DOUGLAS COUNTY, Nevada (CBS SF) — The advancing flames of the Tamarack Fire crossed over into Nevada early Wednesday, forcing voluntary evacuation warnings for several small communities to the west of the Highway 395 corridor.
During his Wednesday morning briefing, Operations Section Chief Pat Seekins said the rugged terrain along the Nevada-California state line on the northeastern edge of the massive blaze was challenging for the fire crews.
“As we get into the northeast things get a little different, we get into fairly tougher ground,” he said. “Fairly steep and rugged terrain. Some thicker fuels. This fire was very active yesterday. The fire picked up early, late morning and extended through the afternoon and evening.”
“The fire really wanted to push toward the (California-Nevada) state line and really get out there and get established. It was very active along the entire perimeter.”
Last night, the fire crossed the Leviathan Mine Road and made its way into Nevada. By daybreak, it was approximately 3 miles west of Hwy 395.
Crews were dispatched to the Highway 395 corridor where they built fire breaks to protect homes.
Voluntary evacuations were issued for all residents in Leviathan Mine Rd. west of Hwy 395 and Holbrook Junction areas of Douglas County last night.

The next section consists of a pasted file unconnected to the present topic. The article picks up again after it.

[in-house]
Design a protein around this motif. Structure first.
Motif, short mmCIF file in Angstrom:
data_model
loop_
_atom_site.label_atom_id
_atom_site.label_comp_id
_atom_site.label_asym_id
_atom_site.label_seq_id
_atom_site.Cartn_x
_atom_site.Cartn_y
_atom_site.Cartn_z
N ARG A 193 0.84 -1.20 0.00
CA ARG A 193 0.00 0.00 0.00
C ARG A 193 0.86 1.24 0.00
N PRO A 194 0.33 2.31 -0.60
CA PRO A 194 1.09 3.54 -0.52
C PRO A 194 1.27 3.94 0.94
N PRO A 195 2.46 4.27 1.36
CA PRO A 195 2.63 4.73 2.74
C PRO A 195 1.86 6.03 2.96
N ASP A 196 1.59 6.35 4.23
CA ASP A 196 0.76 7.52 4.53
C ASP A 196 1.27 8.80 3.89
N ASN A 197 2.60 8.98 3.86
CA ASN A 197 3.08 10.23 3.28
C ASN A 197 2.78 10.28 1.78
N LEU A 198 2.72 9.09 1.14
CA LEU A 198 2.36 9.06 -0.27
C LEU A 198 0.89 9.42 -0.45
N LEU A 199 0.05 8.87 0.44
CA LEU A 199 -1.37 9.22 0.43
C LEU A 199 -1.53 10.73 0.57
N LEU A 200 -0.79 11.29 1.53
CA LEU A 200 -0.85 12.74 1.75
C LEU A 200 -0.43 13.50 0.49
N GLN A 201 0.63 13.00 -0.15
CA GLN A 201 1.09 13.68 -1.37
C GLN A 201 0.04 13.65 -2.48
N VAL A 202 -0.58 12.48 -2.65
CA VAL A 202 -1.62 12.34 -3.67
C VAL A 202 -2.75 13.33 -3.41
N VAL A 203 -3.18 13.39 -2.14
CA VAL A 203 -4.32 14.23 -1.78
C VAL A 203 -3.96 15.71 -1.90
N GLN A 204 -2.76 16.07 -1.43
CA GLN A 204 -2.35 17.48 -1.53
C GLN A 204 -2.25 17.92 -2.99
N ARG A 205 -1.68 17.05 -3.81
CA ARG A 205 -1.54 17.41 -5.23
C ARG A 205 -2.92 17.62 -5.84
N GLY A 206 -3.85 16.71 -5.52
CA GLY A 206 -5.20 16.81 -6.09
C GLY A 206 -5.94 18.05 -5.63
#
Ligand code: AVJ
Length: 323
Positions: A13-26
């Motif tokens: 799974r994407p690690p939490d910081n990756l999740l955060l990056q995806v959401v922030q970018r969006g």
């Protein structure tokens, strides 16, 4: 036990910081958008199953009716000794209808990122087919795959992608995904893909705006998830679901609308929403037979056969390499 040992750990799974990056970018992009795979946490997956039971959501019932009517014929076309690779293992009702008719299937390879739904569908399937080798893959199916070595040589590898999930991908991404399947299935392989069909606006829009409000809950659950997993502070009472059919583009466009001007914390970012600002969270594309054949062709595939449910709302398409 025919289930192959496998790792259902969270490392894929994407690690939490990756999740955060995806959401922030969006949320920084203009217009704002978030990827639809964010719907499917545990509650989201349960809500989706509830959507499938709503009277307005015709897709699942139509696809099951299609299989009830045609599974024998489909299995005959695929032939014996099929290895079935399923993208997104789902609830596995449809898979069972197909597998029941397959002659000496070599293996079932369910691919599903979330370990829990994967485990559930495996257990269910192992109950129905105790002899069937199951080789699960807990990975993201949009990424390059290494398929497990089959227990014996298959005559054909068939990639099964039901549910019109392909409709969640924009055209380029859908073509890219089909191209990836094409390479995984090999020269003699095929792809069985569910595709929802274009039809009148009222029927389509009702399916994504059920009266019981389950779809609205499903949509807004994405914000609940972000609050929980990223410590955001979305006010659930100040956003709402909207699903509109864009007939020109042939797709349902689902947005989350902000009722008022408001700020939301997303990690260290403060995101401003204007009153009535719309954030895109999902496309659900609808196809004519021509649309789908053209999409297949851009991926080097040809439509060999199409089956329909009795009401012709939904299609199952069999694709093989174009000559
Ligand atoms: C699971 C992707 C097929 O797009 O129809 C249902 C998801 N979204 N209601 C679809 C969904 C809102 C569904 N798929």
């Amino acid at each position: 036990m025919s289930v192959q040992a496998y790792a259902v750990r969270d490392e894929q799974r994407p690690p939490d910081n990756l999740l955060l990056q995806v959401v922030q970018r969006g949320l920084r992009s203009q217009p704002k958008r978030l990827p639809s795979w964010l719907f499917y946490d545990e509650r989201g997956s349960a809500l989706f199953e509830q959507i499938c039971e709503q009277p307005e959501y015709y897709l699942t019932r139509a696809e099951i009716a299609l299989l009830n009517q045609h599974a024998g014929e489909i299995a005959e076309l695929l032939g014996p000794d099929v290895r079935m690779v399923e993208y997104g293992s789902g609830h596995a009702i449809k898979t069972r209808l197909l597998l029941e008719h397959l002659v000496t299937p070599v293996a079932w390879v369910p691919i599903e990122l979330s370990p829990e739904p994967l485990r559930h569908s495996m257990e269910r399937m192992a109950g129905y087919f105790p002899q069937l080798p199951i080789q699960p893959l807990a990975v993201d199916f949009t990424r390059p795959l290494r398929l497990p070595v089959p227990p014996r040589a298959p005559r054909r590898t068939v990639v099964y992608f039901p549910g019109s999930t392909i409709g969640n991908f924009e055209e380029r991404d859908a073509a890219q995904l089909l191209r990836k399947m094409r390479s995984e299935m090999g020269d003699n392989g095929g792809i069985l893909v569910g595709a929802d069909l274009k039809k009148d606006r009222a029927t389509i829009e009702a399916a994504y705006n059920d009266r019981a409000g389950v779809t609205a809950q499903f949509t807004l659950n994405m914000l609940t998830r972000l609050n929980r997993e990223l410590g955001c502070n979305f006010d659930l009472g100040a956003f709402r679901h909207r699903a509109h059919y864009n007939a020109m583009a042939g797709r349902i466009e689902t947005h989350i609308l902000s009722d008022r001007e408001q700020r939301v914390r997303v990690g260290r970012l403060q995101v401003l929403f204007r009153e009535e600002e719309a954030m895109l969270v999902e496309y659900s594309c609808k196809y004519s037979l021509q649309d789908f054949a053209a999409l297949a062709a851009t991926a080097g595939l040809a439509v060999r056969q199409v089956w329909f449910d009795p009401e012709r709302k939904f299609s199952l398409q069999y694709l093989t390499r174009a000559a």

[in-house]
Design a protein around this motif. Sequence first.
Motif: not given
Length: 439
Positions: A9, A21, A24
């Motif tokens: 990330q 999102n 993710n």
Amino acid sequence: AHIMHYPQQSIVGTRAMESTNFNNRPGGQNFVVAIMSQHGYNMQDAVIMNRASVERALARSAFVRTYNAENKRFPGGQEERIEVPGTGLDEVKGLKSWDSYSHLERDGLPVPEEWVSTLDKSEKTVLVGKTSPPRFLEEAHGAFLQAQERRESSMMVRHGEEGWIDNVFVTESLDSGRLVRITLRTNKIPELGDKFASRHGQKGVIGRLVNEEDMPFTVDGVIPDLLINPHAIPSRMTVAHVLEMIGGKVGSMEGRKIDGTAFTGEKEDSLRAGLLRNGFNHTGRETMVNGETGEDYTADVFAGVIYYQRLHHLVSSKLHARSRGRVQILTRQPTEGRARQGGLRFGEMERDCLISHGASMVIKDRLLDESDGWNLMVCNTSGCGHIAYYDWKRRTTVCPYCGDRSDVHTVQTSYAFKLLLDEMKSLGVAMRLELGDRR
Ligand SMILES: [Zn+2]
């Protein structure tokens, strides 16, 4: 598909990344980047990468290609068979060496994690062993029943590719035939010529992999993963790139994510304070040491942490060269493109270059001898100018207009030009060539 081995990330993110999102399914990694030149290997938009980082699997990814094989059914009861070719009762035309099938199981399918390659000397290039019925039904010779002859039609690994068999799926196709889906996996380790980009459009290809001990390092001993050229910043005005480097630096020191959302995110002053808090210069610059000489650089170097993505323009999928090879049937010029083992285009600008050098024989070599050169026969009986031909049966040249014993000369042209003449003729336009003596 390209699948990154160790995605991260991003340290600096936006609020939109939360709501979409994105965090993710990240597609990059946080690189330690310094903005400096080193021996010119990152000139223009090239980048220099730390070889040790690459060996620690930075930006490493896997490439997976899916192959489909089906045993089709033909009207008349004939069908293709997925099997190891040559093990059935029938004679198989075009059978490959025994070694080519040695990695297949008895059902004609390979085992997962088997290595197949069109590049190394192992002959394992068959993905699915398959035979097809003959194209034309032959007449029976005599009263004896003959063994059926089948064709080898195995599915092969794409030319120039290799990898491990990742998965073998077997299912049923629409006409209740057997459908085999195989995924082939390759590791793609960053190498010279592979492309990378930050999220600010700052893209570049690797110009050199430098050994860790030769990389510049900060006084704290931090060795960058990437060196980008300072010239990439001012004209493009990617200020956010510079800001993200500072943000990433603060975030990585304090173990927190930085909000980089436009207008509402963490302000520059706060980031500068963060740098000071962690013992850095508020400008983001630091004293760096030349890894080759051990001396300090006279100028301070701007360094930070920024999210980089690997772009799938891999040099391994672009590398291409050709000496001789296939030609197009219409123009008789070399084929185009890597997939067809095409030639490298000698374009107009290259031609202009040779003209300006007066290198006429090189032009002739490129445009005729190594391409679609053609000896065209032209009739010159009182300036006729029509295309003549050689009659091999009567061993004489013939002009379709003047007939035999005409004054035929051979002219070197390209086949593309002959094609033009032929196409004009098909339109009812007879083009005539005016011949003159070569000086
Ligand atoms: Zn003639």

The fire has burned 39,000 acres, but that number was expected to grow significantly after observation flights during the afternoon. There was zero containment and over 1,200 personnel on the fire lines.
On the California side of the fire, crews were attempting to halt the blaze’s drive toward Woodfords.
Crews were engaged in structure protection in Sierra Pines, Woodfords, Mesa Vista, Markleeville and Grover Hot Springs.
As fire advanced, evacuated local residents were escorted to their homes by Alpine County deputies to grab what they could before were forced to leave once again.
“There’s not that many of us that live here,” said Woodfords resident Eric Guth. “There’s less than 350 people…It moved away from the homes, but now it’s coming back at the homes and they’re going to make us get out again. So we’ve got 10 minutes to get in and get what we can get and then it’s time to leave.”
Tim Lovell was allowed a quick visit to his home in Markleeville. It’s still standing, but he recalled his frightening escape on Friday.
“They were just trying to get us out as fast as they can and after I looked outside and saw the flames coming over that tree, it was time to burn rubber,” he said.
Lovell was also upset that the initial fire was allowed to smolder for days before it roared to life.
“This process that we seem to have in California is like ‘Let it burn,’” he said. “Well, this is what happens. Look what happened in Paradise. We were almost a Paradise.”